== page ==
Israel had its fair share of mistakes throughout the Old Testament. However, not every decision was bad. In Exodus 35:4-29, the Lord commanded Israel to build his Tabernacle. He told them in detail the materials needed and exactly what they needed to do. Moses shared with Israel all the Lord told him, and Israel’s response is beautiful. They departed and returned with the needed materials for building the Tabernacle. The beauty doesn’t stop with their giving, though. Israel also got to work in the actual building of the Tabernacle.
The imagery created in my mind while reading was such an exciting one. I can just imagine women and men joyfully bringing their contributions. I can imagine the unity that took place as they worked alongside one another to complete different tasks, all with the same goal. Israel pulled all their resources and talents together, all for the sake of the Kingdom. It’s a wonderful picture.
Though Christ has come and fulfilled the need for the Tabernacle and all that goes with it, we can still follow Israel’s example in our churches today. Christ uniquely gifts each of us at salvation. Some gifts are teaching and evangelism, while others are gifted in showing mercy and being compassionate. Every gift is of equal value in the church, though. The person teaching Sunday school doesn’t have more value than the person running sound during the worship service. Just like with Israel, we’re all equipped to do different tasks, but every task is a needed one. All gifts and tasks are equal because they’re for the same goal- the building of God’s Kingdom.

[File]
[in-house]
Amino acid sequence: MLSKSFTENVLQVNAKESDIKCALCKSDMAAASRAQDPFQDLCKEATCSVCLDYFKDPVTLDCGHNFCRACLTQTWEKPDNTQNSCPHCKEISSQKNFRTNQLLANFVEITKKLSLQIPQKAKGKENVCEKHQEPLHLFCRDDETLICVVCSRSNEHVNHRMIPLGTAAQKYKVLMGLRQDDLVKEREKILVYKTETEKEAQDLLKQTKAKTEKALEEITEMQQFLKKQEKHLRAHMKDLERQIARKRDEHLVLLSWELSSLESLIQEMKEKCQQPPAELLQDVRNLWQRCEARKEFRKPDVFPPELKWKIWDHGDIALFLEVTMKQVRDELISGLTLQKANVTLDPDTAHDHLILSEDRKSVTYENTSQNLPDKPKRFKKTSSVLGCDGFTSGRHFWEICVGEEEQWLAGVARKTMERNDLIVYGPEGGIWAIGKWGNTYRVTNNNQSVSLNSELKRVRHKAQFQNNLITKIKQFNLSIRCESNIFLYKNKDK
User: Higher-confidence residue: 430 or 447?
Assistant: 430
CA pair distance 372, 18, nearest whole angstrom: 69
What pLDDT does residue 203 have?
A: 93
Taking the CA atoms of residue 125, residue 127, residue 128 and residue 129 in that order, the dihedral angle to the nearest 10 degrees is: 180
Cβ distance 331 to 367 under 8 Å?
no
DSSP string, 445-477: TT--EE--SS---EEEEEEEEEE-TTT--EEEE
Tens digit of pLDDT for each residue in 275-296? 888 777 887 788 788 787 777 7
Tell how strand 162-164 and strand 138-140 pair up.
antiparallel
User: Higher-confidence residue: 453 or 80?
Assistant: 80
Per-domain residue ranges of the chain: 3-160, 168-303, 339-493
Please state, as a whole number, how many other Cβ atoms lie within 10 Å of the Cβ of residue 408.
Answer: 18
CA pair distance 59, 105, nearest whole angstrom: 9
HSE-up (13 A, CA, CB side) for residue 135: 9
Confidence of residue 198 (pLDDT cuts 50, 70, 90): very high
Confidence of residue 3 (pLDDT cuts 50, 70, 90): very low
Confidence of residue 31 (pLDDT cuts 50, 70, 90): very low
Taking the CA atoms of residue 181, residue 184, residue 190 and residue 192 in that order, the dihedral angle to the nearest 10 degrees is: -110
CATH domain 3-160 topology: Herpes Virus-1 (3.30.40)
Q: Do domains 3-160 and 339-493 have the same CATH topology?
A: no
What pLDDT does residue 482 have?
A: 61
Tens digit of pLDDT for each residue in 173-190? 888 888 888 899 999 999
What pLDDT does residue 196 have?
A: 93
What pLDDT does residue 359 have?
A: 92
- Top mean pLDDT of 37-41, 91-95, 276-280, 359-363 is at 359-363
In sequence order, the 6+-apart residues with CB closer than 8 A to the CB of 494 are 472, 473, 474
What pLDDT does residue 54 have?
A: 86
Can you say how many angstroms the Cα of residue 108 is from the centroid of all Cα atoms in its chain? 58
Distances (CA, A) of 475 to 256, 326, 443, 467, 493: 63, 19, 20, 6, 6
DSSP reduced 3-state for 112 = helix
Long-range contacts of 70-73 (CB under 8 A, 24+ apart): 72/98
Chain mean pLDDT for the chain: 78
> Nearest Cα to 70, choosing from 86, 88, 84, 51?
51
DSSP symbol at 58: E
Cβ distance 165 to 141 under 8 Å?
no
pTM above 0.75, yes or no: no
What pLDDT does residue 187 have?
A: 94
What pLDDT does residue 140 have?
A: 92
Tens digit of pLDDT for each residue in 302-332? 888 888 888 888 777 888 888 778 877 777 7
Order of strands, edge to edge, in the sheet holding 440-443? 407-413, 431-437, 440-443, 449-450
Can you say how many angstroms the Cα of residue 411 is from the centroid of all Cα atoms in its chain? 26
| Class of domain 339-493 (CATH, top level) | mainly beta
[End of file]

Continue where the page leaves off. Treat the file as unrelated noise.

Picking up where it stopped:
Besides spiritual gifts, Christ has also given each us varying resources. This could be finances, a flexible job schedule, or material things. It could be a house that can be opened up for Bible study or an extra car for someone to borrow. Every penny we make and every resource we own isn’t ours; it’s God’s. Every talent or gift we have isn’t ours either. God gives us these things so we may use them to reach the lost and edify the church, all for his glory.
The issue with our gifts and resources and how we use them lies when we become possessive over them and want to “hoard” them as ours. Absolutely nothing we have is actually ours. Like I said, everything we have is from God. It’s all his. When we grasp this, we’ll begin to steward these things well. Our grip on our gifts and resources will loosen. It’ll be okay if soda is spilled on the sofa, because it really isn’t ours anyway. A soda spilled might mean a child or student spent time in our home being loved and learning about Jesus. We’ll more easily volunteer our time to the church, because it’s God’s time, not ours. We won’t hold fast to the things of this world because we know they’re not ours, not eternal, and given to us for a bigger purpose. When we fix our eyes on Jesus, we’ll see he’s worthy of all our gifts, talents, and resources being used for the sake of his Kingdom. Our pride will shrink as we no longer use these things for comfort, convenience, or self-glorification. We’ll humbly submit these to Christ and use them to build his Kingdom, not our own. We’ll begin to learn that there’s extreme joy found in serving as Christ has served us. When we obey God by giving our gifts and resources to him, we’ll experience a far deeper and more lasting satisfaction than anything this world can offer.
In this case, I say let’s be like Israel. May we realize nothing we have is our own, but it’s all for Christ. Let’s joyfully bring everything we have to the Lord so he can use it to further his kingdom. Let’s work alongside one another with our different gifts and resources, all with the same goal- to see our Savior glorified among all the world.